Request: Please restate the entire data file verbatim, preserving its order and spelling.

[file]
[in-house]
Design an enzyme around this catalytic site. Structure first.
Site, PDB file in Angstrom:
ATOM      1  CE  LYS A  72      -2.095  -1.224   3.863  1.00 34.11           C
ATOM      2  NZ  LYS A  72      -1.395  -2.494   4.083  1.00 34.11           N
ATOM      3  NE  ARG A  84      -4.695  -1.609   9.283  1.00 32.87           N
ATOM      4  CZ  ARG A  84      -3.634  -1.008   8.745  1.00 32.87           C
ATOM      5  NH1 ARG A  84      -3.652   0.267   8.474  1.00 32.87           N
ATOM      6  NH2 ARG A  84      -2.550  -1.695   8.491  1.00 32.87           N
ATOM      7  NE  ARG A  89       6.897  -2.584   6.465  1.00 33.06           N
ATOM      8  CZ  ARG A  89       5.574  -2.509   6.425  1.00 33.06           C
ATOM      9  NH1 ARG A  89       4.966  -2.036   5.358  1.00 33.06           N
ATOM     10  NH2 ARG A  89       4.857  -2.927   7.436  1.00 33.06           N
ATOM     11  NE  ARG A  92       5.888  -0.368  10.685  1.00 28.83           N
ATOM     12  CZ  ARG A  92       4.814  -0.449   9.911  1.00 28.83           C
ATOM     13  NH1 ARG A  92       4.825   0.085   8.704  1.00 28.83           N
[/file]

[in-house]
Design an enzyme around this catalytic site. Structure first.
Site, PDB file in Angstrom:
ATOM      1  CE  LYS A  72      -2.095  -1.224   3.863  1.00 34.11           C
ATOM      2  NZ  LYS A  72      -1.395  -2.494   4.083  1.00 34.11           N
ATOM      3  NE  ARG A  84      -4.695  -1.609   9.283  1.00 32.87           N
ATOM      4  CZ  ARG A  84      -3.634  -1.008   8.745  1.00 32.87           C
ATOM      5  NH1 ARG A  84      -3.652   0.267   8.474  1.00 32.87           N
ATOM      6  NH2 ARG A  84      -2.550  -1.695   8.491  1.00 32.87           N
ATOM      7  NE  ARG A  89       6.897  -2.584   6.465  1.00 33.06           N
ATOM      8  CZ  ARG A  89       5.574  -2.509   6.425  1.00 33.06           C
ATOM      9  NH1 ARG A  89       4.966  -2.036   5.358  1.00 33.06           N
ATOM     10  NH2 ARG A  89       4.857  -2.927   7.436  1.00 33.06           N
ATOM     11  NE  ARG A  92       5.888  -0.368  10.685  1.00 28.83           N
ATOM     12  CZ  ARG A  92       4.814  -0.449   9.911  1.00 28.83           C
ATOM     13  NH1 ARG A  92       4.825   0.085   8.704  1.00 28.83           N